Do non-native invasive fish support elevated lamprey populations?

Richard Inger, Robbie A. McDonald, David Rogowski, Andrew L. Jackson, Andrew Parnell, S. Jane Preston, Chris Harrod, Claire Goodwin, David Griffiths, J.T.A. Dick, Robert W. Elwood, Jason Newton, Stuart Bearhop

Research output: Contribution to journalArticle

26 Citations (Scopus)

Abstract

Summary
1: Managing populations of predators and their prey to achieve conservation or resource management goals is usually technically challenging and frequently socially controversial. This is true even in the simplest ecosystems but can be made much worse when predator–prey relationships are in?uenced by complex interactions, such as biological invasions, population trends or animal movements.
2: Lough Neagh in Northern Ireland is a European stronghold for pollan Coregonus autumnalis, a coregonine ?sh and for river lampreyLampetra ?uviatilis, which feeds parasitically as an adult. Both species are of high conservation importance. Lampreys are known to consume pollan but detailed knowledge of their interactions is scant. While pollan is well known to be a landlocked species in Ireland, the life cycle of normally anadromous river lamprey in Lough Neagh has been unclear. The Lough is also a highly perturbed ecosystem, supporting several invasive, non-native ?sh species that have the potential to in?uence lamprey–pollan interactions.
3: We applied stable isotope techniques to resolve both the movement patterns of lamprey and trophic interactions in this complex community. Recognizing that stable isotope studies are often hampered by high-levels of variability and uncertainty in the systems of interest, we employed novel Bayesian mixing models, which incorporate variability and uncertainty.
4: Stable isotope analyses identi?ed troutSalmo trutta and non-native breamAbramis brama as the main items in lamprey diet. Pollan only represented a major food source for lamprey between May and July.
5: Stable isotope ratios of carbon in tissues from 71 adult lamprey showed no evidence of marine carbon sources, strongly suggesting that Lough Neagh is host to a highly unusual, nonanadromous freshwater population. This ?nding marks out the Lough’s lamprey population as of particular scienti?c interest and enhances the conservation signi?cance of this feature of the Lough.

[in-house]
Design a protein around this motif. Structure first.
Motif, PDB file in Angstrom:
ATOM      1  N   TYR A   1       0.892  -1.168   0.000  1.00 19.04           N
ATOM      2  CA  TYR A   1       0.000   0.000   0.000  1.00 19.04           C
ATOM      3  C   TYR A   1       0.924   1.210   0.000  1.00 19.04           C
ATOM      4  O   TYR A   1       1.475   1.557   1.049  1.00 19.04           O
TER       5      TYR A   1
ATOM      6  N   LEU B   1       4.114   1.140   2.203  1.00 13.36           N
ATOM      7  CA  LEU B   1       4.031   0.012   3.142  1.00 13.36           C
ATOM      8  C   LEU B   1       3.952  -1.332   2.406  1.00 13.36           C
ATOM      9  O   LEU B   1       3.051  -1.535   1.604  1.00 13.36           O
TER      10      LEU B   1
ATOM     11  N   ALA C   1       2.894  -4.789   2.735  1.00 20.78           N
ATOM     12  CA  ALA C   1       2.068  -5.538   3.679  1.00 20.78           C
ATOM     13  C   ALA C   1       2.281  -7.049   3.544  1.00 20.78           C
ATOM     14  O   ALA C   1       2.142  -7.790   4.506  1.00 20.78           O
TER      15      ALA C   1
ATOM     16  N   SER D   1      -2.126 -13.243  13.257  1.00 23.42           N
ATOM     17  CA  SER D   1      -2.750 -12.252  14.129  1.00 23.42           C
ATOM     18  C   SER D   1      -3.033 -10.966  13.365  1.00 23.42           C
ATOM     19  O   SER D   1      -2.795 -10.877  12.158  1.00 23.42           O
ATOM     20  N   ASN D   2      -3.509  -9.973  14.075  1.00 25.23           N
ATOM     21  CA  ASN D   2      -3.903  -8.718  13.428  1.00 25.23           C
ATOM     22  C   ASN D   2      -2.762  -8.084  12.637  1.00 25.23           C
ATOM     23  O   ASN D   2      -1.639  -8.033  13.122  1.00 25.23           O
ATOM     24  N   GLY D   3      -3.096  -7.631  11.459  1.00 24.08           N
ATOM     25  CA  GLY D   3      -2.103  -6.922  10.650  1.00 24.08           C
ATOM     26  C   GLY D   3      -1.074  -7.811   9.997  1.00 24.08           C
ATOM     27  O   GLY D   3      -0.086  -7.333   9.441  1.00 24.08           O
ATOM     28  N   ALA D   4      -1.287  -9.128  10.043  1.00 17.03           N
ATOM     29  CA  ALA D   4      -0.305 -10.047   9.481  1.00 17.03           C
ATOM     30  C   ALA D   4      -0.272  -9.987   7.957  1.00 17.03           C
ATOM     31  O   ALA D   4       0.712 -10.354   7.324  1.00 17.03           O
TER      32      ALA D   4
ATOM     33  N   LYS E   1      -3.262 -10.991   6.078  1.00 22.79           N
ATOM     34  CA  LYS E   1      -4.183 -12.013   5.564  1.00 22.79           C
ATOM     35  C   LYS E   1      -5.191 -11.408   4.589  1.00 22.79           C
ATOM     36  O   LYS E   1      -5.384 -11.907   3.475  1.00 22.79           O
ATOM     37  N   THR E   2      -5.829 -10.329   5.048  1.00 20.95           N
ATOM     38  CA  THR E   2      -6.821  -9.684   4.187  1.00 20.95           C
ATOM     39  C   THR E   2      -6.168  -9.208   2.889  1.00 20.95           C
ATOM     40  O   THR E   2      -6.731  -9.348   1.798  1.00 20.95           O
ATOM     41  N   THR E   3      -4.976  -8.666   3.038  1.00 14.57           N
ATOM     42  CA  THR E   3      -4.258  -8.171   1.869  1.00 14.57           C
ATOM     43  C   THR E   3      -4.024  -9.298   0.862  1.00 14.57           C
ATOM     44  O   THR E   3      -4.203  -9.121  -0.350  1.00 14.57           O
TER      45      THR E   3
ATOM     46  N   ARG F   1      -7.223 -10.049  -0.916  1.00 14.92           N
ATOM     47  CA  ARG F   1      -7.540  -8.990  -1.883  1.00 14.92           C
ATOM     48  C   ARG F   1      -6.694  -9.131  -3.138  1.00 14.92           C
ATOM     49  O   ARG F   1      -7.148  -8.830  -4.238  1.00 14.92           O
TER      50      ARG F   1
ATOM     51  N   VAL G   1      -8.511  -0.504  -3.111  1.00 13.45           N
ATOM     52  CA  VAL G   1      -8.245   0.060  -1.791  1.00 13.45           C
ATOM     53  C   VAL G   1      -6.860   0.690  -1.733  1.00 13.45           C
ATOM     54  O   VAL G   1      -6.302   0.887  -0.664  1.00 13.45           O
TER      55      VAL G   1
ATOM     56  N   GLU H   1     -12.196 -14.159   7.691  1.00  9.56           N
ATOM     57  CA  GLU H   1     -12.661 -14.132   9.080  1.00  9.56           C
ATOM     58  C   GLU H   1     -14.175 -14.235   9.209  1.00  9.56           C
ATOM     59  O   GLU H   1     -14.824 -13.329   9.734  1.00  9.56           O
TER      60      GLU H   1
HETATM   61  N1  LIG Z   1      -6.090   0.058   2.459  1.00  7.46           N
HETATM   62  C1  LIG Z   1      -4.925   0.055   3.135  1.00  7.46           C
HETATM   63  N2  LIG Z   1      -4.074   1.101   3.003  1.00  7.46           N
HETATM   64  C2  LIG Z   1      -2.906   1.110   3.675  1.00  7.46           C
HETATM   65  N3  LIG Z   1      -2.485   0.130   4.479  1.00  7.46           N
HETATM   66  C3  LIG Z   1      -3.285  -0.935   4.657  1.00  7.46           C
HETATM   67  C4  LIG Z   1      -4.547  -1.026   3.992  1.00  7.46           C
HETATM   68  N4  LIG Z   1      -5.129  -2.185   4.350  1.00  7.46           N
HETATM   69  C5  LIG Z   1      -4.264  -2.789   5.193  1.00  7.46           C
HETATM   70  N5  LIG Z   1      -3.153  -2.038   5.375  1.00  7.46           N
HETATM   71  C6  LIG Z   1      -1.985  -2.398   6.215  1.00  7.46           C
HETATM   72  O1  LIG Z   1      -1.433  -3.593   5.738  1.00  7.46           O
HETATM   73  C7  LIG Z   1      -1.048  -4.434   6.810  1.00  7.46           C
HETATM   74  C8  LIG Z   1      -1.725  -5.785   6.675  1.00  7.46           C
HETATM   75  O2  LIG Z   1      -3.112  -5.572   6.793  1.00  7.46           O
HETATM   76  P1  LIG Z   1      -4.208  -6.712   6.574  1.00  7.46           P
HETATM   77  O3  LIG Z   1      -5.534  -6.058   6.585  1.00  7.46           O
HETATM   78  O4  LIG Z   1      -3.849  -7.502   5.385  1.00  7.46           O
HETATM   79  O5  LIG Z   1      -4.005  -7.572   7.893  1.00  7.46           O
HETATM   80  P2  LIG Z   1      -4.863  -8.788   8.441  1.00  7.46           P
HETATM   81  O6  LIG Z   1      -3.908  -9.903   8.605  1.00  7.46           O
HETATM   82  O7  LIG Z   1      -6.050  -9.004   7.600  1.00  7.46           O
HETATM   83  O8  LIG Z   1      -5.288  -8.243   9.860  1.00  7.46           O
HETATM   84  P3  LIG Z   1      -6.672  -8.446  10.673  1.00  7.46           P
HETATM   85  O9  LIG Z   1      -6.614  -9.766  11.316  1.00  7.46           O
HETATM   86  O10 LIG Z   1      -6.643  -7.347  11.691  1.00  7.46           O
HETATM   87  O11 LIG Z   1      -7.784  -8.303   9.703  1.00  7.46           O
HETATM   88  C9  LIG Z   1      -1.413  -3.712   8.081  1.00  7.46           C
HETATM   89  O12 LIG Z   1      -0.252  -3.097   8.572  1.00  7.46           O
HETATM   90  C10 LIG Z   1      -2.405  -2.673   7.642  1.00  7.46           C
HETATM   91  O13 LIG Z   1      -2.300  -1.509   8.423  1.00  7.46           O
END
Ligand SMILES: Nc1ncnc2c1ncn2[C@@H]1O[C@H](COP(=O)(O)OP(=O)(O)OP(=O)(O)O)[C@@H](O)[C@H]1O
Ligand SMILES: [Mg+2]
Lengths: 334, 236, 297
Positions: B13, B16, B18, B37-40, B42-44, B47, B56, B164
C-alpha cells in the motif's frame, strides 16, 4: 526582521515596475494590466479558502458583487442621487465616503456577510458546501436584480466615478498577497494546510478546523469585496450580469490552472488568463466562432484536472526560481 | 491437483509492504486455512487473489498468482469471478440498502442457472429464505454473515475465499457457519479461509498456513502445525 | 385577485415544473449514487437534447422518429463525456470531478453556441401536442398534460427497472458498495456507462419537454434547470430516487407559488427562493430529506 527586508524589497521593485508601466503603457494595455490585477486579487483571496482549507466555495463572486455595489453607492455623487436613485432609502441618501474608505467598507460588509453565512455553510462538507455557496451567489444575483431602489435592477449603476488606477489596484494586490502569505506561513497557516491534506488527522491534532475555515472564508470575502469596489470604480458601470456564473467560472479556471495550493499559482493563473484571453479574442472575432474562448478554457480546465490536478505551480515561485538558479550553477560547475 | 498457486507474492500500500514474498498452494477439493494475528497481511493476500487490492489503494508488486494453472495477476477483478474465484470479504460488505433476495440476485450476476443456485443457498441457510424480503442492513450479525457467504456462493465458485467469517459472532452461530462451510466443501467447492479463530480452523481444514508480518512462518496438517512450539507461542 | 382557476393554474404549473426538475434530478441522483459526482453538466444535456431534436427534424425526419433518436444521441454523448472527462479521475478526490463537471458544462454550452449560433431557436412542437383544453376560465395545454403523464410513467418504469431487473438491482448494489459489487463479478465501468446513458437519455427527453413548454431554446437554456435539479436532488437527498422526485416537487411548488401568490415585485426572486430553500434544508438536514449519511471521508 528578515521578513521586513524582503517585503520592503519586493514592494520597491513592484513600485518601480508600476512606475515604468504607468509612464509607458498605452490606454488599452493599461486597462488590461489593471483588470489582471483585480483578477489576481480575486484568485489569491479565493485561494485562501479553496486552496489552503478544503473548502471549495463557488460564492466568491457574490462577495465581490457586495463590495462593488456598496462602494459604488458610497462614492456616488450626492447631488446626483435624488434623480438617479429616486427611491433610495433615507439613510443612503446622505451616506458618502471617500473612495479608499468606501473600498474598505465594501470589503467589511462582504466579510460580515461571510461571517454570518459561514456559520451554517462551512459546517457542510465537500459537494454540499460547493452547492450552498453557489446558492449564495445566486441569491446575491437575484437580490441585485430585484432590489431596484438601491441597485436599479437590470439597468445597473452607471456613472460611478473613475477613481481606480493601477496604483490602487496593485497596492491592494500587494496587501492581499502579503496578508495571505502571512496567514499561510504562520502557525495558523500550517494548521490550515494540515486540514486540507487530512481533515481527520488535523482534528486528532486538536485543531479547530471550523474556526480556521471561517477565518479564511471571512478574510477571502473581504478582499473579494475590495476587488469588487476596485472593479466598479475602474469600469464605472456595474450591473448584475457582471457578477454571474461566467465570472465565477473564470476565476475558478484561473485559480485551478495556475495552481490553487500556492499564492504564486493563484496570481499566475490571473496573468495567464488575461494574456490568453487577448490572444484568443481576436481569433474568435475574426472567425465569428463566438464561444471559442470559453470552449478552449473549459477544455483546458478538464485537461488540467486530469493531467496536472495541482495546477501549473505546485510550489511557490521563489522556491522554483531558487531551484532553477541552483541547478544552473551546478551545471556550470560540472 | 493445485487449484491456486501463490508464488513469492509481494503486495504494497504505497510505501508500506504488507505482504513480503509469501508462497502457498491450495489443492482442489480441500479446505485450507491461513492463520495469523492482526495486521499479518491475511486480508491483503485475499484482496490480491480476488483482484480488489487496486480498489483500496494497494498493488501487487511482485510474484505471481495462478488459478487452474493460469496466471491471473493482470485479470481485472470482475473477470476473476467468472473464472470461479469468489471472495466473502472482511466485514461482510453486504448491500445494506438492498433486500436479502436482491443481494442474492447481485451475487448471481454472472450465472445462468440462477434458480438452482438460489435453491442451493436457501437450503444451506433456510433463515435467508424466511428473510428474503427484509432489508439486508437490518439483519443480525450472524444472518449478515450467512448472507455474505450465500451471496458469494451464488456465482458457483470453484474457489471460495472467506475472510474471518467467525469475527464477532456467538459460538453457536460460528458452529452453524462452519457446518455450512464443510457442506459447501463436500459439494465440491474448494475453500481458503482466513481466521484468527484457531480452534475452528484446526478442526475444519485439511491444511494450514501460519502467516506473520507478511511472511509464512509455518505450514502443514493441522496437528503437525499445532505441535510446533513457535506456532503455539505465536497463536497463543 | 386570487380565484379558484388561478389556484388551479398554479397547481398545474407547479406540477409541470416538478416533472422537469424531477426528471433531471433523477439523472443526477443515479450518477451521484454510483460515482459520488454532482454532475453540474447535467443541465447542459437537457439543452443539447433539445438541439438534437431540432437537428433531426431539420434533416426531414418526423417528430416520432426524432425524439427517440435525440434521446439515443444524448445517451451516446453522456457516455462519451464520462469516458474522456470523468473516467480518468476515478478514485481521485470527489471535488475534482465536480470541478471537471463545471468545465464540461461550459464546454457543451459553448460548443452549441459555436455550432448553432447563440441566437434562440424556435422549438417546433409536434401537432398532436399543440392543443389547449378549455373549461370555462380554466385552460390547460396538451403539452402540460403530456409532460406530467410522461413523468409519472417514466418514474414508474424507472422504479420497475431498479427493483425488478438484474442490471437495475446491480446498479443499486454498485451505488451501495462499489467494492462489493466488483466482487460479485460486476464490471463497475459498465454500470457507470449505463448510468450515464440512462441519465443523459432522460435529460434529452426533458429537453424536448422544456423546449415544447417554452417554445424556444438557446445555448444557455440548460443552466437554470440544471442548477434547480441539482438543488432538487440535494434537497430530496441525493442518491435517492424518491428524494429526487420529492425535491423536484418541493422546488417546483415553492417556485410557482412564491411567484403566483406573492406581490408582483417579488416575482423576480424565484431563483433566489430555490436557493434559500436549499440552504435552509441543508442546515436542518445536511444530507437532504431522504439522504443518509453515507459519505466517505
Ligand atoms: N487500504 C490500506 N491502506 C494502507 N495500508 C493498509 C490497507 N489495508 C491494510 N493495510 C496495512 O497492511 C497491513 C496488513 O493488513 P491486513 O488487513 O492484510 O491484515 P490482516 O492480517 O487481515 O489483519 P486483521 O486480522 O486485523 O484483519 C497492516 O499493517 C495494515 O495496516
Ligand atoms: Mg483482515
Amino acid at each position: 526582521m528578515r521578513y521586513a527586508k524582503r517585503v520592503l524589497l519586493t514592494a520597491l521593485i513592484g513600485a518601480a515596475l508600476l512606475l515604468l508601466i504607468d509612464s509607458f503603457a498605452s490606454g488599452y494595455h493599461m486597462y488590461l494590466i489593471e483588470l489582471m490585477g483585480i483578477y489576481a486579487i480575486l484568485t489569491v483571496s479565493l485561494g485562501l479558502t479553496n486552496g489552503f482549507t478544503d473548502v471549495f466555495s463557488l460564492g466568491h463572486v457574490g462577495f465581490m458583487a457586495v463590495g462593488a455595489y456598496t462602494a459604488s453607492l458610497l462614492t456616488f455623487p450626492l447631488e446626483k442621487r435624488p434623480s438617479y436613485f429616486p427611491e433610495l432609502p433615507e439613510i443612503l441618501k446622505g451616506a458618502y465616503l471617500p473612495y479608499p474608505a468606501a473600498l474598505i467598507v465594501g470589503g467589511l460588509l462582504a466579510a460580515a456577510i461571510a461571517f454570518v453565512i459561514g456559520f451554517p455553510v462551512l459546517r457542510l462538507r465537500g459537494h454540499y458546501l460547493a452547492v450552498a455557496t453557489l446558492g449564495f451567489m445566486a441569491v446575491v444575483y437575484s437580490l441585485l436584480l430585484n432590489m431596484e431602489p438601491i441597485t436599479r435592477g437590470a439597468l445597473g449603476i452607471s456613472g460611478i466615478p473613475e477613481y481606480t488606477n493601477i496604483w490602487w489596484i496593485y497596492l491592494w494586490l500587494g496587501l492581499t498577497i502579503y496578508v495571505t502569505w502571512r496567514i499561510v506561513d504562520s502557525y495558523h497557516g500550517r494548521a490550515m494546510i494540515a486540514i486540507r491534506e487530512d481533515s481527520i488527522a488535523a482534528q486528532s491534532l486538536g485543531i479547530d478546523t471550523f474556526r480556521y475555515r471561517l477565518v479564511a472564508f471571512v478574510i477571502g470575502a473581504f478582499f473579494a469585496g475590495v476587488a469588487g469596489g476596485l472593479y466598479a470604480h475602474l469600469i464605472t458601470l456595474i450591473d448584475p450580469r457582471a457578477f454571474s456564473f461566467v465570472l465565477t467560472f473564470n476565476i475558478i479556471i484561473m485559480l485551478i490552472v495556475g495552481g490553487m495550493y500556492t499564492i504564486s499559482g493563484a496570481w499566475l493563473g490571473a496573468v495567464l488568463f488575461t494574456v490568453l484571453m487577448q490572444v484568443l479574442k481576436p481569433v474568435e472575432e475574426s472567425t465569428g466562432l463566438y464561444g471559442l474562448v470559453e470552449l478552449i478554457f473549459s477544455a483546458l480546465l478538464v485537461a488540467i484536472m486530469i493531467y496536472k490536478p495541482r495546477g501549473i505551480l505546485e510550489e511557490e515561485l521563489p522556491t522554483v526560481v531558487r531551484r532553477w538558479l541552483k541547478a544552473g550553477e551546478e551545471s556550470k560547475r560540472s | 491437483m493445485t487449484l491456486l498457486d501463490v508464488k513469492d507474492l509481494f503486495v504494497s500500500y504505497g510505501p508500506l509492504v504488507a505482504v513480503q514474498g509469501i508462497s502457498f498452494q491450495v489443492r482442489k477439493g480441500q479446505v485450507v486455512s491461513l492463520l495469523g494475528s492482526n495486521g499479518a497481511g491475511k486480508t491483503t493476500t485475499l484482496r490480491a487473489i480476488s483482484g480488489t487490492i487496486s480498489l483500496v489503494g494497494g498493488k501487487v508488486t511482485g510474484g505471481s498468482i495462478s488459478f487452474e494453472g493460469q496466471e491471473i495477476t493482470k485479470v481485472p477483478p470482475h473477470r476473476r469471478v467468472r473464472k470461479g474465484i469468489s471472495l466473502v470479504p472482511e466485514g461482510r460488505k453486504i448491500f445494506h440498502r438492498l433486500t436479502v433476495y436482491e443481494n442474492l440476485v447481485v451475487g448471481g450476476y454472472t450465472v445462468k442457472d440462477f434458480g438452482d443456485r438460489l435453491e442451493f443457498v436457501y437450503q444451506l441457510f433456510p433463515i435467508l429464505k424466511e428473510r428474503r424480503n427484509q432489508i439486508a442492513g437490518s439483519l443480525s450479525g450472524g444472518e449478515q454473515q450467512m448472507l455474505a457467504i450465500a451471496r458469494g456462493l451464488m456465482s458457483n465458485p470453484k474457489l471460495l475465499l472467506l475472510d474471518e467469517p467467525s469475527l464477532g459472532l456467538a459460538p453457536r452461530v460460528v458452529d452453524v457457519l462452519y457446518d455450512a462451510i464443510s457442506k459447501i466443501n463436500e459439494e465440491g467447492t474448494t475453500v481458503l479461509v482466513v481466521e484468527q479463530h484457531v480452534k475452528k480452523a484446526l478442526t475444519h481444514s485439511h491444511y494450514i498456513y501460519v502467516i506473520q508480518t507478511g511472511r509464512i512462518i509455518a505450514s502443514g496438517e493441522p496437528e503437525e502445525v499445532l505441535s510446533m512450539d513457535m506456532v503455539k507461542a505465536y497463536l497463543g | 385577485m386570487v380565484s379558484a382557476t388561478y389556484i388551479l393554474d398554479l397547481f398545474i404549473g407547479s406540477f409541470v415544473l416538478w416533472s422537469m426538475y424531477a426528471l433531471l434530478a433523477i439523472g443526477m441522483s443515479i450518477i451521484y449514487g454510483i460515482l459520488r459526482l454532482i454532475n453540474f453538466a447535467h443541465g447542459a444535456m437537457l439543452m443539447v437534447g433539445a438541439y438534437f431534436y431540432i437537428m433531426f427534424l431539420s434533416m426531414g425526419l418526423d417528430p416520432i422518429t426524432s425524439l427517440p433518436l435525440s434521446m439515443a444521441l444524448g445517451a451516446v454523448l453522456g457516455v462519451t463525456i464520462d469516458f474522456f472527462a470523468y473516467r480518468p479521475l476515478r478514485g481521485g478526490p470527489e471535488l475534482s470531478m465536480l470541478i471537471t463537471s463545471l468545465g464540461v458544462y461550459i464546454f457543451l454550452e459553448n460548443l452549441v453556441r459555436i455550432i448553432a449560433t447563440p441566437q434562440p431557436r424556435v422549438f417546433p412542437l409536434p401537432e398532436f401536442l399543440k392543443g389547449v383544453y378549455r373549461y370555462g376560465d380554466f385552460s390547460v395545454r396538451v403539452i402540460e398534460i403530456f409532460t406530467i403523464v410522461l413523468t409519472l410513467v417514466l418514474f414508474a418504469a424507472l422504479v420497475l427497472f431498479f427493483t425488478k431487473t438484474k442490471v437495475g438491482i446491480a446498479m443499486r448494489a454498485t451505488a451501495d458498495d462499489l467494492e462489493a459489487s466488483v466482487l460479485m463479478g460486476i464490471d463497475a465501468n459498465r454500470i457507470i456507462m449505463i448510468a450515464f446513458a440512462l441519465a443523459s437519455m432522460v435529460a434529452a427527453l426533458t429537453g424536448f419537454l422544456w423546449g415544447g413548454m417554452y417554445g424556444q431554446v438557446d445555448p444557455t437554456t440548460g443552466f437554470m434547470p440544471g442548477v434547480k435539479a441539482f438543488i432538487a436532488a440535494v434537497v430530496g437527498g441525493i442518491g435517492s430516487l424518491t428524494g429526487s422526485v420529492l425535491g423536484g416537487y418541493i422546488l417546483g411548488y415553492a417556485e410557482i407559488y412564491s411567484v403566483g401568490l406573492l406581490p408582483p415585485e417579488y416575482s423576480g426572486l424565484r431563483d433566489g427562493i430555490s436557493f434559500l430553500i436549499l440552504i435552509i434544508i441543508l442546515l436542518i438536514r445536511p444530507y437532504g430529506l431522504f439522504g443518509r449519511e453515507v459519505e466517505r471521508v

6: Synthesis and applications.Our Bayesian isotopic mixing models illustrate an unusual pattern of animal movement, enhancing conservation interest in an already threatened population. We have also revealed a complex relationship between lamprey and their food species that is suggestive of hyperpredation, whereby non-native species may sustain high lamprey populations that may in turn be detrimental to native pollan.Long-term conservation of lamprey and pollan in this system is likely to require management intervention, but in light of this exceptional complexity, no simple management options are currently supported. Conservation plans will require better characterization ofpopulation-level interactions and simulation modelling of interventions. More generally, our study demonstrates the importance of considering a full range of possible trophic interactions, particularly in complex ecosystems, and highlights Bayesian isotopic mixing models as powerful tools in resolving trophic relationships.
Key-words: Bayesian, conservation dilemma, Coregonus autumnalis, hyperpredation, Lampetra ?uviatilis, pollan, potamodromous, River lamprey, stable isotope analysis in R, stable isotope
Original languageEnglish
Pages (from-to)121-129
Number of pages9
JournalJournal of Applied Ecology
Volume47
Issue number1
DOIs
Publication statusPublished - Feb 2010

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    Inger, R., McDonald, R. A., Rogowski, D., Jackson, A. L., Parnell, A., Preston, S. J., Harrod, C., Goodwin, C., Griffiths, D., Dick, J. T. A., Elwood, R. W., Newton, J., & Bearhop, S. (2010). Do non-native invasive fish support elevated lamprey populations? Journal of Applied Ecology, 47(1), 121-129. https://doi.org/10.1111/j.1365-2664.2009.01761.x